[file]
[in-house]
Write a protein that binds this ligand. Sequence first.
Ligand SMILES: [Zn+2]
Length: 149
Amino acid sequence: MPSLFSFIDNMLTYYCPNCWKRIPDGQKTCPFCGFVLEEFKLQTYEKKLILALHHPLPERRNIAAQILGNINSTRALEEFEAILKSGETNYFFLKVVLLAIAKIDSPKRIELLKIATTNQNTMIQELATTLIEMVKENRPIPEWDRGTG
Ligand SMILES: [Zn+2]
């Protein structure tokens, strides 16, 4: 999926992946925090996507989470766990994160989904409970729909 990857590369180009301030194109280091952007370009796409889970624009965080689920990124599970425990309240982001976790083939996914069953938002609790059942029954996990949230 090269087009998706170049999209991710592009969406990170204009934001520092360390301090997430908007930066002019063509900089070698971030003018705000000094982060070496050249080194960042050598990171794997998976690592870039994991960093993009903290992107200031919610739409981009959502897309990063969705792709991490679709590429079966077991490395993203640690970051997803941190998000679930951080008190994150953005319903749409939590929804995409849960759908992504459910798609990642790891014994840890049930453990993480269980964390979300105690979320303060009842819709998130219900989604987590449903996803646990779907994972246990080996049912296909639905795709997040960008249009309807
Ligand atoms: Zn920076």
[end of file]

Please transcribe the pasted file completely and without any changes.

[in-house]
Write a protein that binds this ligand. Sequence first.
Ligand SMILES: [Zn+2]
Length: 149
Amino acid sequence: MPSLFSFIDNMLTYYCPNCWKRIPDGQKTCPFCGFVLEEFKLQTYEKKLILALHHPLPERRNIAAQILGNINSTRALEEFEAILKSGETNYFFLKVVLLAIAKIDSPKRIELLKIATTNQNTMIQELATTLIEMVKENRPIPEWDRGTG
Ligand SMILES: [Zn+2]
């Protein structure tokens, strides 16, 4: 999926992946925090996507989470766990994160989904409970729909 990857590369180009301030194109280091952007370009796409889970624009965080689920990124599970425990309240982001976790083939996914069953938002609790059942029954996990949230 090269087009998706170049999209991710592009969406990170204009934001520092360390301090997430908007930066002019063509900089070698971030003018705000000094982060070496050249080194960042050598990171794997998976690592870039994991960093993009903290992107200031919610739409981009959502897309990063969705792709991490679709590429079966077991490395993203640690970051997803941190998000679930951080008190994150953005319903749409939590929804995409849960759908992504459910798609990642790891014994840890049930453990993480269980964390979300105690979320303060009842819709998130219900989604987590449903996803646990779907994972246990080996049912296909639905795709997040960008249009309807
Ligand atoms: Zn920076």